Monday, August 15, 2011

Shrimp and Grits with Fried Green Tomatoes & Collard Greens

Wearing the tails like fingernails is apparently frowned upon.

*This meal marks the first non-vegetarian dish to be featured on the blog. Don't fear, I'm still going to also make vegetarian dishes, but it just depends on who I'm cooking with/for. Also, notice the handy tags for "vegetarian" and "non-vegetarian" to let you filter the recipes, and don't forget that a few simple substitutions can change one type of meal to the other.*

My Saturday was actually completely packed with cooking. After my cupcake adventure with Jenny, I went to go make dinner with Courtney, another former classmate of mine at UCLA (I'm noticing a trend here of chemists who cook).  She's a native of South Carolina, so we decided to combine our culinary forces for an authentic Southern meal in the form of shrimp and grits.

Shrimp and Grits
From Library at the Vendue Inn, Charleston, SC
Time: 30 minutes
Servings: 2

2 pieces bacon
1 tbsp olive oil
1/2 tbsp salt
1/3 cup yellow onion, chopped
1/2 celery stalk, chopped
2 cloves garlic, minced
1 tbsp Cajun seasoning
1 tsp ground black pepper
3 shakes tabasco sauce
2 shakes Worcestershire sauce
2 Roma tomatoes, chopped
1/4 cup white wine
Quick Grits
Heavy Cream
Cheddar Cheese
10 large shrimp, peeled and deveined
2 tbsp butter

  1. Sauté the bacon in olive oil over medium heat stirring frequently until the bacon is almost cooked.
  2. Add the onion, celery and garlic. Cook until the onion softens (about 5 minutes).
  3. Add the salt, pepper, Cajun seasoning, tabasco, and Worcestershire sauce. Continue cooking and stirring for 5 minutes.
  4. Stir in the tomatoes and cook for another 2 minutes.
  5. Deglaze the pot with wine then reduce heat to low or medium-low and let simmer until the tomatoes start to incorporate into the sauce. The longer you let it cook, the better the flavor.
  6. Sauté the shrimp in 1 tbsp of butter over medium heat until they start to turn orange (about 2 minutes per side). Right before they are done cooking, add the sauce and let finish.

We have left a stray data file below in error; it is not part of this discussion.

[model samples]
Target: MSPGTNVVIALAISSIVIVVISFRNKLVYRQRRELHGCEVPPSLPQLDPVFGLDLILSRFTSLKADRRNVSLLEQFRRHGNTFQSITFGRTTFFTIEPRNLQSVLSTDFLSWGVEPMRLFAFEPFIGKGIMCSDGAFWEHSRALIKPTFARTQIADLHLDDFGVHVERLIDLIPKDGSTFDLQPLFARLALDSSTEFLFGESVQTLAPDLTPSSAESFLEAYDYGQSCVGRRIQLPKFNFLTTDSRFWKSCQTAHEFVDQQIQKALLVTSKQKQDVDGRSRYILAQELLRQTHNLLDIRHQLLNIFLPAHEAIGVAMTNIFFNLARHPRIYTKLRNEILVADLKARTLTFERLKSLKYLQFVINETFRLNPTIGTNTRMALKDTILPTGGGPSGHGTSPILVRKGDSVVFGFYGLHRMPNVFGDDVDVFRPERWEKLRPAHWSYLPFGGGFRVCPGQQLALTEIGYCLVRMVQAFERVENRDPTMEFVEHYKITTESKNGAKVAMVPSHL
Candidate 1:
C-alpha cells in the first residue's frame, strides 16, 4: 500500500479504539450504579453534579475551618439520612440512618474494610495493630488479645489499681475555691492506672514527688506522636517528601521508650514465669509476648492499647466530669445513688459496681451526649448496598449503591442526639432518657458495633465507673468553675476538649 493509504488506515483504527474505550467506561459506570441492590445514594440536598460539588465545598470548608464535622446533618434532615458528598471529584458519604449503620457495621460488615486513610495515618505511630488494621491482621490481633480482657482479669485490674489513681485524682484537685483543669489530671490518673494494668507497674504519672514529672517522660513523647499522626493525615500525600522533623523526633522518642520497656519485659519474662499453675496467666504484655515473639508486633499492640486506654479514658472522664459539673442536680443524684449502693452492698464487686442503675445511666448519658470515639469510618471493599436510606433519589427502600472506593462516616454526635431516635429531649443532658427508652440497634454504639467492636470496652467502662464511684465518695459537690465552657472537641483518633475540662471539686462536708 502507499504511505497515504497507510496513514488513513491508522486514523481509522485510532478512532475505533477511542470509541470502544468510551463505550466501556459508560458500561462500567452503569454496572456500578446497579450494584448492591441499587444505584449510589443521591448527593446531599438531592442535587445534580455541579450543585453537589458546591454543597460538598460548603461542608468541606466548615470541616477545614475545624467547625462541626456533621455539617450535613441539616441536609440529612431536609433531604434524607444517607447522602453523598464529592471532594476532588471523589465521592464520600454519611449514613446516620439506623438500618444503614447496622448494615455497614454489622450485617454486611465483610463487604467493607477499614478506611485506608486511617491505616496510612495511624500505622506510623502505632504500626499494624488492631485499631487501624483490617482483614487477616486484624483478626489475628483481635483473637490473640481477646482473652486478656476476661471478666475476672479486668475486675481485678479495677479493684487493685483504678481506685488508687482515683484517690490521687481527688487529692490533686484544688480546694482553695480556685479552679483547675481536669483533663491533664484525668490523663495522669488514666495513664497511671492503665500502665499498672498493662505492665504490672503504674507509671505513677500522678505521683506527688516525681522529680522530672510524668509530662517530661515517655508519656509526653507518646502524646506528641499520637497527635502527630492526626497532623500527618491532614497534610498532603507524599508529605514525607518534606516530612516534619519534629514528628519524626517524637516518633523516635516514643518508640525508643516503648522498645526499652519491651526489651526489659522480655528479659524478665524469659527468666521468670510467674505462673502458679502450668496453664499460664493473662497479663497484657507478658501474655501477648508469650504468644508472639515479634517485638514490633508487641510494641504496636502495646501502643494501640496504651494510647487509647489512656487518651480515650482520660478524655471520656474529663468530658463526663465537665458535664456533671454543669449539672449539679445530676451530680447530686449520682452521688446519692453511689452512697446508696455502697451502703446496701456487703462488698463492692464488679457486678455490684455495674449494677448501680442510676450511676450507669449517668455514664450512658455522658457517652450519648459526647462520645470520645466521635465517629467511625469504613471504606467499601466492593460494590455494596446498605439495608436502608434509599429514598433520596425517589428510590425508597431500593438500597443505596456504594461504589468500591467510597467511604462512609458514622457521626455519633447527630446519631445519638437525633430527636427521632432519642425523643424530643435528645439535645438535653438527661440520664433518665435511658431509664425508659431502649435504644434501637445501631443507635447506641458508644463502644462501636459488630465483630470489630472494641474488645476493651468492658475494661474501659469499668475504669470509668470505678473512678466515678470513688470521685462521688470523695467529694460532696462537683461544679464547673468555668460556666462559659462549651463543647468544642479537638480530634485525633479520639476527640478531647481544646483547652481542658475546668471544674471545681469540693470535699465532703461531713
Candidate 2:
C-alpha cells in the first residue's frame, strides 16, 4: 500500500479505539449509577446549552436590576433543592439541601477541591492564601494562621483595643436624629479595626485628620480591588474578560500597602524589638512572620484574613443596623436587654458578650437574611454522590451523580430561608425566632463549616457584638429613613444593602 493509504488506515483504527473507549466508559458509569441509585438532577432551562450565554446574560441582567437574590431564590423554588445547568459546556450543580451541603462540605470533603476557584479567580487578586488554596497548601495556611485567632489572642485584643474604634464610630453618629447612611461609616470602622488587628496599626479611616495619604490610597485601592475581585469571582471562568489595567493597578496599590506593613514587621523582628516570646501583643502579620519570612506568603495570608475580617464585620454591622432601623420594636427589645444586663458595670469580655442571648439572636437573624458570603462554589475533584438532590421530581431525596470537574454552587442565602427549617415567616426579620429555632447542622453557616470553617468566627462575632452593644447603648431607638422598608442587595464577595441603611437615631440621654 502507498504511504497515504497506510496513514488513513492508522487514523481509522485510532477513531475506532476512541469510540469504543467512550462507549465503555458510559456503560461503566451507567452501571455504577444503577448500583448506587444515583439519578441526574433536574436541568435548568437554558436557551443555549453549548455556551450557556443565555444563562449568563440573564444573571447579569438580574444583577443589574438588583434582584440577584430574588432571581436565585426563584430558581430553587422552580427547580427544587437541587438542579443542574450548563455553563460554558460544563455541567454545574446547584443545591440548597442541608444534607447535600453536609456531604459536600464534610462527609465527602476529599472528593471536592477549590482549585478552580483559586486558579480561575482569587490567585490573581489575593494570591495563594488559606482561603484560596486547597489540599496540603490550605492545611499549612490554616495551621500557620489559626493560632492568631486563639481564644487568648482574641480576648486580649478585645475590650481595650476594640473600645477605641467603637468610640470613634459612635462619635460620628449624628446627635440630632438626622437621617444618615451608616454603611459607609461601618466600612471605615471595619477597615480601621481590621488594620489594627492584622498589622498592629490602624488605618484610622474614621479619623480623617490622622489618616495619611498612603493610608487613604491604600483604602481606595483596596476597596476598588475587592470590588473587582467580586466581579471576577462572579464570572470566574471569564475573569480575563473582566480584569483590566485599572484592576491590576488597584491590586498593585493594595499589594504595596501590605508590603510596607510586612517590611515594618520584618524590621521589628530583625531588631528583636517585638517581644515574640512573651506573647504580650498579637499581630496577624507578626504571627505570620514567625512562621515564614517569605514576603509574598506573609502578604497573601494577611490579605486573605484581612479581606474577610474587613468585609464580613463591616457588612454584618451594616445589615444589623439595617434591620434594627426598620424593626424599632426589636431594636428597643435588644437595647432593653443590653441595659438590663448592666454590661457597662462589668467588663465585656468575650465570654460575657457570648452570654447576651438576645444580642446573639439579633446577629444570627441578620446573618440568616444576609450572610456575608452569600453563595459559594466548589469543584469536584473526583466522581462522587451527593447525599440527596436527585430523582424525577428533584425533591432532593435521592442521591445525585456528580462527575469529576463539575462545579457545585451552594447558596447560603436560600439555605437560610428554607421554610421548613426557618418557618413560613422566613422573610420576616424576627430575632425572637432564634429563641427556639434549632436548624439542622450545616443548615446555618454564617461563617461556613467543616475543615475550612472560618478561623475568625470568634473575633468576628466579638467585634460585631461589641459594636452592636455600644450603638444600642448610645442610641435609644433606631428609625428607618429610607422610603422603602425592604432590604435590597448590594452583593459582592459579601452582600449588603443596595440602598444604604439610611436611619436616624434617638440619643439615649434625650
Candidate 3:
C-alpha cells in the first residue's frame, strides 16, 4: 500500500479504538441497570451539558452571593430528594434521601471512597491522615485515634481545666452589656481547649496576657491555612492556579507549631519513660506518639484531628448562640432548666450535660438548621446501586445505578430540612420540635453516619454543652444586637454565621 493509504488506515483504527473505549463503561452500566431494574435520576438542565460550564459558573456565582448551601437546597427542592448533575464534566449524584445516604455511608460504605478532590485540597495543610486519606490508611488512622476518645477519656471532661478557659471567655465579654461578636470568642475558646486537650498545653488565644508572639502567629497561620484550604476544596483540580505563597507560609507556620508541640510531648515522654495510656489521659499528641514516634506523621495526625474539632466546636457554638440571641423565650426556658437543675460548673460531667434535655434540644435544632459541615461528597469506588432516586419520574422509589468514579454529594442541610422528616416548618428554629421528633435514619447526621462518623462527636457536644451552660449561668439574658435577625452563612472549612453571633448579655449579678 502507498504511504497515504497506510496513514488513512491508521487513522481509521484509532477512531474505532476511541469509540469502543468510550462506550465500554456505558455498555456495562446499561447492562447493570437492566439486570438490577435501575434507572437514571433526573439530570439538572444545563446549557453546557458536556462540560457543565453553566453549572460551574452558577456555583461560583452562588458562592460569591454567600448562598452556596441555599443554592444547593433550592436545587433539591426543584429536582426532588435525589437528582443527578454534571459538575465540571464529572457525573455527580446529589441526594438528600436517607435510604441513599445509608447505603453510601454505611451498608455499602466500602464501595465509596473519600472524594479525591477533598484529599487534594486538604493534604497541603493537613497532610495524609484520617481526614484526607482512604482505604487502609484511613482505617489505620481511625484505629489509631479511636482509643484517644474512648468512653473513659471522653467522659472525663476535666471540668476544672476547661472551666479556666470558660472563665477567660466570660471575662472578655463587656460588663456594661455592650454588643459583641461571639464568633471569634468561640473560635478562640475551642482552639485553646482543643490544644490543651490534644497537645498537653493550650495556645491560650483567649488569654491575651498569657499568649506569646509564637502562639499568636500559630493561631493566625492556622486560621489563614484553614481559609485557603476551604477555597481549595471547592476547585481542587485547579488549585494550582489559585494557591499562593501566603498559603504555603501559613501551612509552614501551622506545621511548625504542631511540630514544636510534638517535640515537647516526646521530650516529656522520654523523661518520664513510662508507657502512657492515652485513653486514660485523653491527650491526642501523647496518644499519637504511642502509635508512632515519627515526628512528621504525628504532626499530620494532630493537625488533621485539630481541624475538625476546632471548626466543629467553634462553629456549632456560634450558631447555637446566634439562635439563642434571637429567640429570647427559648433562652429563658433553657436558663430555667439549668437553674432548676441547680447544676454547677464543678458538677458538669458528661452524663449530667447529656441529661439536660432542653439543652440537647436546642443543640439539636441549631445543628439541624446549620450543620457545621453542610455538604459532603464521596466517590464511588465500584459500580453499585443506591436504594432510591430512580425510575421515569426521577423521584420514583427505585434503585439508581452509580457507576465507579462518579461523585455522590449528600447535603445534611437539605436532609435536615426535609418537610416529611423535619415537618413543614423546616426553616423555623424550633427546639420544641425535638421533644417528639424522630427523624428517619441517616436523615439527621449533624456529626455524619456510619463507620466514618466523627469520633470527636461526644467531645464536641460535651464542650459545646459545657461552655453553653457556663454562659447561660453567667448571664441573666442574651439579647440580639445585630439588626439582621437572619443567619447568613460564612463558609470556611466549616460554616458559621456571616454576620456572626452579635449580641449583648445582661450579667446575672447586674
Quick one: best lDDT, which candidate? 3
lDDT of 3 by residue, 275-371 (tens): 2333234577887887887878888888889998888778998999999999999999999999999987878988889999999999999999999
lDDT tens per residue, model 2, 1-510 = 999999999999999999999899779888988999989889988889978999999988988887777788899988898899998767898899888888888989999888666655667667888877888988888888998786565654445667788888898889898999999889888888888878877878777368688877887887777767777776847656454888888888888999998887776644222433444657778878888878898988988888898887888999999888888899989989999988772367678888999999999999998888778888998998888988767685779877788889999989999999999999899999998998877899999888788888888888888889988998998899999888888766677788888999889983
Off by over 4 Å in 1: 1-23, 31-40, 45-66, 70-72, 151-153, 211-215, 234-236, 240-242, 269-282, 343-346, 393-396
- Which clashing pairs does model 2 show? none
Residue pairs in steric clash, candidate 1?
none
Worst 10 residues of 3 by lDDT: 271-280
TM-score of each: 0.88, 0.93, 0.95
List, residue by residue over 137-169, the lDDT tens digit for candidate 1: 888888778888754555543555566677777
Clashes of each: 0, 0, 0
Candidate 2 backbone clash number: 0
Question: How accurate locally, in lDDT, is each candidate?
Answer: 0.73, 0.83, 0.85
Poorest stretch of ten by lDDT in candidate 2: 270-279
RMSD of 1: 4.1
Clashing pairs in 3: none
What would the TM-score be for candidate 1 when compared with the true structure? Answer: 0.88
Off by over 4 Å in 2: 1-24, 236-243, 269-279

7. The grits will vary depending on what kind of grits you have. With the quick grits, measure out the amount of liquid you need as a 2:1 ratio of water to heavy cream. Bring the liquid to a boil in a pot then slowly pour in the grits while whisking constantly.
  8. Reduce the heat and let simmer covered for the time recommended on the package. This will allow the grits to absorb all the liquid.
  9. Whisk in additional heavy cream to help with the consistency of the grits and add your cheddar cheese and 1 tbsp of butter. Serve immediately in a bowl topped with the shrimp and sauce.
I want my kitchen to always smell like this.
If you're not from the South, you might be wondering "What are grits". Well, I'll save you the trip to wikipedia. They're a cousin of polenta made up of coarsely ground cornmeal or hominy combined with liquid to give an oatmeal-like consistency. Typically, they're eaten at breakfast with fried eggs. The most important thing to know about them is that they are absolutely delectable.

It's pretty hard to find real grits out here, so we had to settle for quick grits. You have to be careful with quick grits because they typically form a less than desirable texture. Thus we added a lot of heavy cream and butter to counteract this.  The end result would have made any Southerner proud. Our sauce combined with the creamy grits was utterly mouth-watering. We were literally making "mmm" faces after each bite until it was sadly over. We then stared longingly at our empty bowls for a solid 10 minutes.

Fried Green Tomatoes
Servings: 4
Time: 30 minutes

2 green heirloom tomato, cored
Heavy cream
Panko bread crumbs
Parmesan cheese

  1. Preheat the oven to 350.
  2. Slice the tomatoes to a thickness of about 1/2 an inch.
  3. Dip both sides of the tomato in the heavy cream then roll them in the bread crumbs.
  4. Cook for 25-30 minutes then top with parmesan cheese.
Peppered Collard Greens
New technique learned: Chiffonading
From Peninsula Grill, Charleston SC
Servings: 2
Time: 30 minutes

1 bunch collard greens
1 tbsp salt
1 tbsp olive oil
1 shallot, minced
1/3 tsp black pepper
1 1/2 tbsp vinegar

  1. Remove the stems from the collard greens. Stack and chiffonade the leaves into very thin strips (1/4 inch or less). Normally collard greens take a long time to cook, but this will cut the time down considerably.
  2. Bring water and salt to a boil in a large pot.
  3. Blanche the greens for 3 minutes then drain and rinse with cold water. Dry the greens.
  4. Sauté the shallots in olive oil. Add the greens and simmer covered on low heat until heated through (about 5 minutes).
  5. Toss with pepper and vinegar.
As with all good Southern food, the veggies can be made better by frying.
These veggies were a fabulous addition to the meal. The fried green tomatoes helped add some much needed crunchy texture to the meal and the vinegar of the collard greens was a nice touch. I found that wrapping the greens around the tomatoes provided the best results. While quite satisfied with the veggies, I would probably adjust the cooking temperature of the tomatoes next time to make them even crispier. 

I don't know that I've ever been sadder than when there was no more.
Courtney and my attack of Southern food was a smashing success. Somehow, I managed to not overcook the first meat I've prepared in six months, and we made the best version of shrimp and grits I've ever had (not a small feat considering we were stuck with quick grits).  Now we just need to figure out what cuisine to tackle next. 

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